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A detailed cloud fraction climatology of the Upper Indus Basin and its implications for near surface air temperature

Lookup NU author(s): Dr Nathan Forsythe, Andrew Hardy, Professor Hayley Fowler, Dr Stephen Blenkinsop, Professor Chris Kilsby, David Archer

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This work is licensed under a Creative Commons Attribution 4.0 International License (CC BY 4.0).


Abstract

Clouds play a key role in hydro-climatological variability by modulating the surface energy balance and air temperature. This study utilises MODIS cloud cover data, with corroboration from global meteorological reanalysis (ERA-Interim) cloud estimates, to describe a cloud climatology for the Upper Indus Basin. It has specific focus on tributary catchments in the northwest of the region which contribute a large fraction of basin annual runoff, including 65% of flow originating above Besham, or 50 km3 27 per year in absolute terms. In this region there is substantial cloud cover throughout the year, with spatial means of 50% to 80% depending on the season. The annual cycles of catchment spatial mean day-time and night-time cloud-cover fraction are very similar. This regional diurnal homogeneity belies substantial spatial variability, particularly along seasonally varying vertical profiles (based on surface elevation). Correlations between local near surface air temperature observations and MODIS cloud cover fraction confirm the strong linkages between local atmospheric conditions and near surface climate variability. These correlations are interpreted in terms of seasonal and diurnal variations in apparent cloud radiative effect and its influence on near surface air temperature in the region. The potential role of cloud radiative effect in recognised seasonally and diurnally asymmetrical temperature trends over recent decades is also assessed by relating these locally observed trends to ERA-Interim-derived trends in cloud-cover fraction. Specifically, reduction in night-time cloud cover fraction relative to day-time conditions over recent decades appears to provide a plausible physical mechanism for the observed night-time cooling of surface air temperature in summer months.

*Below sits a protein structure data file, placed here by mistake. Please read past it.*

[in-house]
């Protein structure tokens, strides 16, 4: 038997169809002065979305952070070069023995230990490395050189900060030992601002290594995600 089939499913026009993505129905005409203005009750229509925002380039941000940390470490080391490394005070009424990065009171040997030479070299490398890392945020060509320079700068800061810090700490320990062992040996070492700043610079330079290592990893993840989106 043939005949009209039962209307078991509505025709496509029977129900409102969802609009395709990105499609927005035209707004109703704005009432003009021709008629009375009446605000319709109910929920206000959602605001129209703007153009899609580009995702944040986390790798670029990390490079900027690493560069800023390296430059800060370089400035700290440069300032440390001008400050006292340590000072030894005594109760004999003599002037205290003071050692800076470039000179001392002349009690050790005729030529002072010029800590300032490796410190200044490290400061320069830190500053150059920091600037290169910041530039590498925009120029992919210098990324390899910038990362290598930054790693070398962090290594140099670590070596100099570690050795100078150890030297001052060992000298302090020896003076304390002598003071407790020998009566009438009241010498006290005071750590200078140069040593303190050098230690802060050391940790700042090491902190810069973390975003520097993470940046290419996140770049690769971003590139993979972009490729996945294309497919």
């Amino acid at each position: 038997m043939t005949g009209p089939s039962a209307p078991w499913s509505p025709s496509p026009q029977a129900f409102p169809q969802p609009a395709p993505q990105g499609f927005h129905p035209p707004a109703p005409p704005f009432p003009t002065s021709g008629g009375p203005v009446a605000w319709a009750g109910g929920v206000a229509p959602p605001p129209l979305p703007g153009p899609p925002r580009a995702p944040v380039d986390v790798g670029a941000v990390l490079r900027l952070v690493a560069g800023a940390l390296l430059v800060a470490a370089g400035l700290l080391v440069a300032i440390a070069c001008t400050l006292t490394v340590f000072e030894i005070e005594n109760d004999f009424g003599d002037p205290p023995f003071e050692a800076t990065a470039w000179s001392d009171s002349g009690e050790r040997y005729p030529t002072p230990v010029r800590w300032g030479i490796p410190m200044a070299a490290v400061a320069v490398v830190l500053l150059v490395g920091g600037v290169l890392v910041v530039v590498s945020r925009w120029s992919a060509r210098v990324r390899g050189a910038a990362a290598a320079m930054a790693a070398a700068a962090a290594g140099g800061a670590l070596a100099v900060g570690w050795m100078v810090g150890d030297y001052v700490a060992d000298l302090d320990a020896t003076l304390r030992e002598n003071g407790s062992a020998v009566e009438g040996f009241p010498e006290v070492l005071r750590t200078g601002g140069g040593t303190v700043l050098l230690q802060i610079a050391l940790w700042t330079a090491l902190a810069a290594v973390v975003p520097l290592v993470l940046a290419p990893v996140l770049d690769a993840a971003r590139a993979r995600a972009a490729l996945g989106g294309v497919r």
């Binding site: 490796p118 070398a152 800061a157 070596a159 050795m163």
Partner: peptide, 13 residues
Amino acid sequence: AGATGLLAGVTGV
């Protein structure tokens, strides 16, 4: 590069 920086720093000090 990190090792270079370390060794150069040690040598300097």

Publication metadata

Author(s): Forsythe N, Hardy AJ, Fowler HJ, Blenkinsop S, Kilsby CG, Archer DR, Hashmi MZ

Publication type: Article

Publication status: Published

Journal: Journal of Climate

Year: 2015

Volume: 28

Issue: 9

Pages: 3537-3556

Print publication date: 01/05/2015

Online publication date: 01/05/2015

Acceptance date: 26/01/2015

ISSN (print): 0894-8755

ISSN (electronic): 1520-0442

Publisher: American Meteorological Society

URL: http://dx.doi.org/10.1175/JCLI-D-14-00505.1

DOI: 10.1175/JCLI-D-14-00505.1


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